Ben Nicholson-Smith of Sportsnet reports that there is “mutual interest” between the Blue Jays and Edwin Encarnación.
A reunion would make some sense in that the Blue Jays currently have no first baseman — their last one, Justin Smoak, just signed a deal with Milwaukee — and given that Encarnación has such a great history in Toronto.
He’ll be 37 next month, but he hit .249/.325/.531 with 34 homers and 86 RBI for Seattle and New York last year. In his eight years with the Blue Jays he hit .268/.355/.522 with 239 homers while making three All-Star teams and getting some downballot MVP support at time. That kind of resume, and what seems to be left in the tank, seems like a perfect fit for a team looking to draw some fans, continue its rebuild, and get some decent short-term production in the process.
If they can’t make it work with Encarnación, Eric Thames — who could be a reasonably facsimile of Smoak, one imagines — is available. As is Travis Shaw, who has spent a fair amount of time at first.
Susan Slusser of the San Francisco Chronicle reports that Oakland Athletics owner John Fisher has reversed course and will continue to pay minor leaguers. Fisher tells Slusser, “I concluded I made a mistake.” He said he is also setting up an assistance fund for furloughed employees.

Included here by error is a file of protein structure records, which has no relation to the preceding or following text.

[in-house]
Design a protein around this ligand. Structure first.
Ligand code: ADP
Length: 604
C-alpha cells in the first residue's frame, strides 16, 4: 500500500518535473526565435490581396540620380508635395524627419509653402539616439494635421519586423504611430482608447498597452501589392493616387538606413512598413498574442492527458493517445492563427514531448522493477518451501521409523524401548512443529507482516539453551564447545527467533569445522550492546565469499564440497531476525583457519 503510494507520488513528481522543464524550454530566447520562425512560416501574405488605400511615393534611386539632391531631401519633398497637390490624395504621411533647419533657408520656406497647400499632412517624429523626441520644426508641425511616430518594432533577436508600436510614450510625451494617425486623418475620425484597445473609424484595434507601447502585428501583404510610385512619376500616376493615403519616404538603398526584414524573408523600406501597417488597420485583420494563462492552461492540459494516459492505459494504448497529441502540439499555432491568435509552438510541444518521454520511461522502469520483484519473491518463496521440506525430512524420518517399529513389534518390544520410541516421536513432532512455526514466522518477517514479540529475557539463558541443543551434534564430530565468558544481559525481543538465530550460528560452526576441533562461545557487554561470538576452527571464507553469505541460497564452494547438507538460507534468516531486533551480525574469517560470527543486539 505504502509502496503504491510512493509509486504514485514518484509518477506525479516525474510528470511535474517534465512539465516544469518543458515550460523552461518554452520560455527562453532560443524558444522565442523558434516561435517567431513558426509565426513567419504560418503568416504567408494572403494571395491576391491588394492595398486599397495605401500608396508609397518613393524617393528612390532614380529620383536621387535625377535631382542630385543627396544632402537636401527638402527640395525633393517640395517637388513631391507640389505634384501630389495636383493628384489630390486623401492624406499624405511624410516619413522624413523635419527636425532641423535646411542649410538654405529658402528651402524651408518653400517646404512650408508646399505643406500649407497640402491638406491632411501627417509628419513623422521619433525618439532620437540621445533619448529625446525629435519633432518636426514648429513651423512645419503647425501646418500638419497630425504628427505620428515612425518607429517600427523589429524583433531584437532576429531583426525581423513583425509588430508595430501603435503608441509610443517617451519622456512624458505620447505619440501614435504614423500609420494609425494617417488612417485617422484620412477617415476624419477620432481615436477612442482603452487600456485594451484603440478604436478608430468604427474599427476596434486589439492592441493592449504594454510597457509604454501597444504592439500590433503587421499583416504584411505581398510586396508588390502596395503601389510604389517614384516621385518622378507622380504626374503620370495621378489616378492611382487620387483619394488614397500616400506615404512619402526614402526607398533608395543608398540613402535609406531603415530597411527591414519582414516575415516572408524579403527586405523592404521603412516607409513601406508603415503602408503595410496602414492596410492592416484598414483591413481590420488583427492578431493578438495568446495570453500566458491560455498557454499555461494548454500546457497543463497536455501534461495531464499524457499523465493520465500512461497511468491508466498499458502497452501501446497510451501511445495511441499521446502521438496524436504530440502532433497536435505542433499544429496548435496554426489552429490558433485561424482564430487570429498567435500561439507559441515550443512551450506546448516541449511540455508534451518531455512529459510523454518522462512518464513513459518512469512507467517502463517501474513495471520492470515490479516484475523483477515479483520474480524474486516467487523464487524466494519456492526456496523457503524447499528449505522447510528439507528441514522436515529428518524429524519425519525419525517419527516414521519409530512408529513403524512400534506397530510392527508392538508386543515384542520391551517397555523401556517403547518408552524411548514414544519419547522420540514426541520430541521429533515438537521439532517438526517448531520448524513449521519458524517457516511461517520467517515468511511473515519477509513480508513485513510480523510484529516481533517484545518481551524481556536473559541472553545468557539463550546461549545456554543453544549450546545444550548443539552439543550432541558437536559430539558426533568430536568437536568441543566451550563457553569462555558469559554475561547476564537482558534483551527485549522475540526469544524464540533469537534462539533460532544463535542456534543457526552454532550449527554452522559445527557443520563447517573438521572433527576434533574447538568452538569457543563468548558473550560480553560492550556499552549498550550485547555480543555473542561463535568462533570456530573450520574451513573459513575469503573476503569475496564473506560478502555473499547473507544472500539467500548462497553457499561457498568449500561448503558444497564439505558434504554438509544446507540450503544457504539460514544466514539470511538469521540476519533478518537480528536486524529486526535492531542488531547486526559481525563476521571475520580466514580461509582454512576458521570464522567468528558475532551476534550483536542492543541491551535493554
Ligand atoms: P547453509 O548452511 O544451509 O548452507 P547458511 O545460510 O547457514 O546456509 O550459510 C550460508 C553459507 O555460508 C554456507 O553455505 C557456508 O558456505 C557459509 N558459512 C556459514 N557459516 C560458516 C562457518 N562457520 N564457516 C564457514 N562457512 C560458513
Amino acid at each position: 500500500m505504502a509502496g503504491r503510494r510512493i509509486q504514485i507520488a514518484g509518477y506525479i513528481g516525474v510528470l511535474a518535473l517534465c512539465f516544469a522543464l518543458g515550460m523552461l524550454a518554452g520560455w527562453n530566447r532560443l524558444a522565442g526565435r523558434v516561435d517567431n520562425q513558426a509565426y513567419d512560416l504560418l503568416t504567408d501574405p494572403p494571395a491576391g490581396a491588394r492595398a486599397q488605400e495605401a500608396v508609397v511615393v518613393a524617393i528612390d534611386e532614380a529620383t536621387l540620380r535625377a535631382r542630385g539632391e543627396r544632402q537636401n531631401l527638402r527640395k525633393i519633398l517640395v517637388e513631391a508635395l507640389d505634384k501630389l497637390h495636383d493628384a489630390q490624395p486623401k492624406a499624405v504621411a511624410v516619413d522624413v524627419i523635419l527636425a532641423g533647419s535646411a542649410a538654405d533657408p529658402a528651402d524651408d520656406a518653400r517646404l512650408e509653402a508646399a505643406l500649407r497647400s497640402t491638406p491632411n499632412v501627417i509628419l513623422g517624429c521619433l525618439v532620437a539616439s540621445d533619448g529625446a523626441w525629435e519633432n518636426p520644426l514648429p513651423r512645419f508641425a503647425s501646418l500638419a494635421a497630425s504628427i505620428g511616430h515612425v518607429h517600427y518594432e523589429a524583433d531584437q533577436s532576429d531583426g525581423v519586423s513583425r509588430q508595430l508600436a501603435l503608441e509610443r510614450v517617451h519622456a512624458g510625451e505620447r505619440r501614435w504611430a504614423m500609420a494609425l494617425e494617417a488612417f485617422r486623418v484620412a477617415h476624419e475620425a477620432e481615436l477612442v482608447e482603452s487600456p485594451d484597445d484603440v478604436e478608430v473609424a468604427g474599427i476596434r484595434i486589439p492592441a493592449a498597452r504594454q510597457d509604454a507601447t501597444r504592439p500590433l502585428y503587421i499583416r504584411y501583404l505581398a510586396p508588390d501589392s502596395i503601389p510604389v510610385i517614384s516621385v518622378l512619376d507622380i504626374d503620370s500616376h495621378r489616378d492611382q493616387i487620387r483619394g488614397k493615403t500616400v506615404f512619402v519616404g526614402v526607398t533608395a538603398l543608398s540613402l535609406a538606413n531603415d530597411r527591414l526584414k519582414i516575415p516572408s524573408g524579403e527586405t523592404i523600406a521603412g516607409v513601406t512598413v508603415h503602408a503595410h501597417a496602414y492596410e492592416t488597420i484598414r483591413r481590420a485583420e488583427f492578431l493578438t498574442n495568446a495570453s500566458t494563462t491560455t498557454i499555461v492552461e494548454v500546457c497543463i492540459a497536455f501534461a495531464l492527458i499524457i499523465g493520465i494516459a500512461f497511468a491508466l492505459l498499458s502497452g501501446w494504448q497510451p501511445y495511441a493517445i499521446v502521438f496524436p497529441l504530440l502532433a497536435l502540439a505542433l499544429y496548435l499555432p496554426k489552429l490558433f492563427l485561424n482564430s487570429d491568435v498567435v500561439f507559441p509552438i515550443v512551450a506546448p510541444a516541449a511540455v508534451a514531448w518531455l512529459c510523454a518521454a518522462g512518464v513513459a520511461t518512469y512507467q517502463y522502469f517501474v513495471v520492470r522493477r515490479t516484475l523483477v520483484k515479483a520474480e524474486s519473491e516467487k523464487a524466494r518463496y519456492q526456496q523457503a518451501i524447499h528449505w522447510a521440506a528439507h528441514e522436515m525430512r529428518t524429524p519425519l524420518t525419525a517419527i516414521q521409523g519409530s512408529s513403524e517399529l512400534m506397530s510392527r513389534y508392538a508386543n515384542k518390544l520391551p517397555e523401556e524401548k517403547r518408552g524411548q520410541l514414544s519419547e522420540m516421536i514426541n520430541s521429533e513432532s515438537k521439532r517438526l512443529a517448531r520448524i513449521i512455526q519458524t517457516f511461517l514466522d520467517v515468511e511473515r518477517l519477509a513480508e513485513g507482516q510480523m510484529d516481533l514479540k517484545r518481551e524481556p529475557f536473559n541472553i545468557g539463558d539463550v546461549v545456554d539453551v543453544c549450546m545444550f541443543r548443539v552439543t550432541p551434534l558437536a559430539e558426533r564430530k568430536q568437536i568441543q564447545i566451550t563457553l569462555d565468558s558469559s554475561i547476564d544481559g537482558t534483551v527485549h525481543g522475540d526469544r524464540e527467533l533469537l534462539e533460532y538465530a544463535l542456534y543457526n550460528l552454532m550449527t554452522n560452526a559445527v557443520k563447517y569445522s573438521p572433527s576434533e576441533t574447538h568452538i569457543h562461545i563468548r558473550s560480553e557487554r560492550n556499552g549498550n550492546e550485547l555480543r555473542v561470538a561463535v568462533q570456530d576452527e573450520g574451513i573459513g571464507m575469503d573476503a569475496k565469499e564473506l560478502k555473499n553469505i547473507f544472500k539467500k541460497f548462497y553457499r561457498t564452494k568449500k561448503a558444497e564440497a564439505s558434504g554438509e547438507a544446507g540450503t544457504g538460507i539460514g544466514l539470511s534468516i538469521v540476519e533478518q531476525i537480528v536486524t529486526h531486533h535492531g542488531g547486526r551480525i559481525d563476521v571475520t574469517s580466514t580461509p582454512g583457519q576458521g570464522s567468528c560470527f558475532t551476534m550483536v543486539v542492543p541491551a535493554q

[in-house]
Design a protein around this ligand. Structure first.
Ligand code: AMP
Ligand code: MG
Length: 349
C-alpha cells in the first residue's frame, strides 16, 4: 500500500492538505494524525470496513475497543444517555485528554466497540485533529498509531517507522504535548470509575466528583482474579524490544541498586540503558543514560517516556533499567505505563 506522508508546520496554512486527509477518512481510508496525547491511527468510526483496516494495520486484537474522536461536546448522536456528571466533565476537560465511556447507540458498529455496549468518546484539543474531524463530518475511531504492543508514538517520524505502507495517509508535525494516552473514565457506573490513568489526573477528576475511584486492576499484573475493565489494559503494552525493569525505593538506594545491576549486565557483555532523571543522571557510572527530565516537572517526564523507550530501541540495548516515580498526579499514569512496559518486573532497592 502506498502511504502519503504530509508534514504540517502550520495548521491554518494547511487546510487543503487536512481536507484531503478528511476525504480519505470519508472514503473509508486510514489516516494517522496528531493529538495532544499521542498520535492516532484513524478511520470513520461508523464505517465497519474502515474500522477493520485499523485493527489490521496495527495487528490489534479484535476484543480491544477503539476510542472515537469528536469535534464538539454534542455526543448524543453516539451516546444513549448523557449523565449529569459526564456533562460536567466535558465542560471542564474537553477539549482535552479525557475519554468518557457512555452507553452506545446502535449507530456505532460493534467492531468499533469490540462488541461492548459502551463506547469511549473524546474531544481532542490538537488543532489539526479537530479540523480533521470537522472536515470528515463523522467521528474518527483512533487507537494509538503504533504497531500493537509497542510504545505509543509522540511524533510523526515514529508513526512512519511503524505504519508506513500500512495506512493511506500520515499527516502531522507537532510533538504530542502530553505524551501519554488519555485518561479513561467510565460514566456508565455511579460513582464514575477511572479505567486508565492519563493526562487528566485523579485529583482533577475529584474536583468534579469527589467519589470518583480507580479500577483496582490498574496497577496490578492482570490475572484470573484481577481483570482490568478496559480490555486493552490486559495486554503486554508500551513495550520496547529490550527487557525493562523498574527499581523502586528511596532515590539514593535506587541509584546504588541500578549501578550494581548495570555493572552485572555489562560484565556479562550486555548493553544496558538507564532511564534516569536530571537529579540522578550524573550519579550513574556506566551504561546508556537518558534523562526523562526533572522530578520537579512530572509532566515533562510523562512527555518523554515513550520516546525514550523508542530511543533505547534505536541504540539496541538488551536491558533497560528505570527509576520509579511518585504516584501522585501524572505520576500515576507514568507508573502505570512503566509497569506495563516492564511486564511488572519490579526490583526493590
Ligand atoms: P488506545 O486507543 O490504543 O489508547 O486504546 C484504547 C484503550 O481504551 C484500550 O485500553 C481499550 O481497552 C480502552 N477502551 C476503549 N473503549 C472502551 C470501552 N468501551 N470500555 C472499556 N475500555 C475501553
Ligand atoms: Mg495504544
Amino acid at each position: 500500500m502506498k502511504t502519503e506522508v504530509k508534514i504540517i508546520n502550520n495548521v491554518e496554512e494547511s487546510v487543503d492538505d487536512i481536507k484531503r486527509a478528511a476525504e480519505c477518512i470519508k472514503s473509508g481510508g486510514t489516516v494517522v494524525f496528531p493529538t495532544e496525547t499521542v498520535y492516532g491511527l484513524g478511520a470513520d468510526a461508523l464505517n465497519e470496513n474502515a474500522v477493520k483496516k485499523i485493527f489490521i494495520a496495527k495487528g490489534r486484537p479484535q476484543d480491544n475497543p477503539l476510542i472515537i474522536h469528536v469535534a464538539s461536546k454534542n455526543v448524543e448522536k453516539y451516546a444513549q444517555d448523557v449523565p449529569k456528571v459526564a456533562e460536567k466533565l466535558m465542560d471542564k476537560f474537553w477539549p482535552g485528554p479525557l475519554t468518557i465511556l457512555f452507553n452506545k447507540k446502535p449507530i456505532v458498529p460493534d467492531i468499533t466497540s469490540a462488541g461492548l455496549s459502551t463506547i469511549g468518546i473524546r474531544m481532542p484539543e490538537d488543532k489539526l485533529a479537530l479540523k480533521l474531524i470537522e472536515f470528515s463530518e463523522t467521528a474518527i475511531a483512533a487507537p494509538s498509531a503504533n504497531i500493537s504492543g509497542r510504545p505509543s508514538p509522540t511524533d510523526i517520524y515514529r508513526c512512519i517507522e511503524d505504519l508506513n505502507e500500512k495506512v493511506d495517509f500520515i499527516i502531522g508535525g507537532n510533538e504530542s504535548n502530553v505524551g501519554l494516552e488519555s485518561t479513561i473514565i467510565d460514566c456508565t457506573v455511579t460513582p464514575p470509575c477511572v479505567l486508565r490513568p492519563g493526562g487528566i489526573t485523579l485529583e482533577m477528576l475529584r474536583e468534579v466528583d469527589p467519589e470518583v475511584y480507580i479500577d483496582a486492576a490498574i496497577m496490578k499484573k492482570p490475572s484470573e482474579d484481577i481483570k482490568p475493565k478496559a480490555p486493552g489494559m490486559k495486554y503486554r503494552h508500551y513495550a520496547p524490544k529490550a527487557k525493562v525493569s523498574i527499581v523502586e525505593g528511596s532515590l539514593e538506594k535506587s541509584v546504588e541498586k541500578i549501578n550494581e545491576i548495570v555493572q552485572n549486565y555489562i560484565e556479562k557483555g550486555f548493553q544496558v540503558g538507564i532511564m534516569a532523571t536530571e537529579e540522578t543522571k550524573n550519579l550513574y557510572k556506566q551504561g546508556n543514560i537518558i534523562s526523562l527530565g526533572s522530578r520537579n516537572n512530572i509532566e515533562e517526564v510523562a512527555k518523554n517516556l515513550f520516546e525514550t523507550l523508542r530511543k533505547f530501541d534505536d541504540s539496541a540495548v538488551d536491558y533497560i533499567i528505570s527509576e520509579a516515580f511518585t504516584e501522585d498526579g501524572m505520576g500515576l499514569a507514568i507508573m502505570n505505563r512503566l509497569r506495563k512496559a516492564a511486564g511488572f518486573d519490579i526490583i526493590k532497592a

The A’s decided in late May to stop paying paying minor leaguers as of June 1, which was the earliest date on which any club could do so after an MLB-wide agreement to pay minor leaguers through May 31 expired. In the event, the A’s were the only team to stop paying the $400/week stipends to players before the end of June. Some teams, notable the Royals and Twins, promised to keep the payments up through August 31, which is when the minor league season would’ve ended. The Washington Nationals decided to lop off $100 of the stipends last week but, after a day’s worth of blowback from the media and fans, reversed course themselves.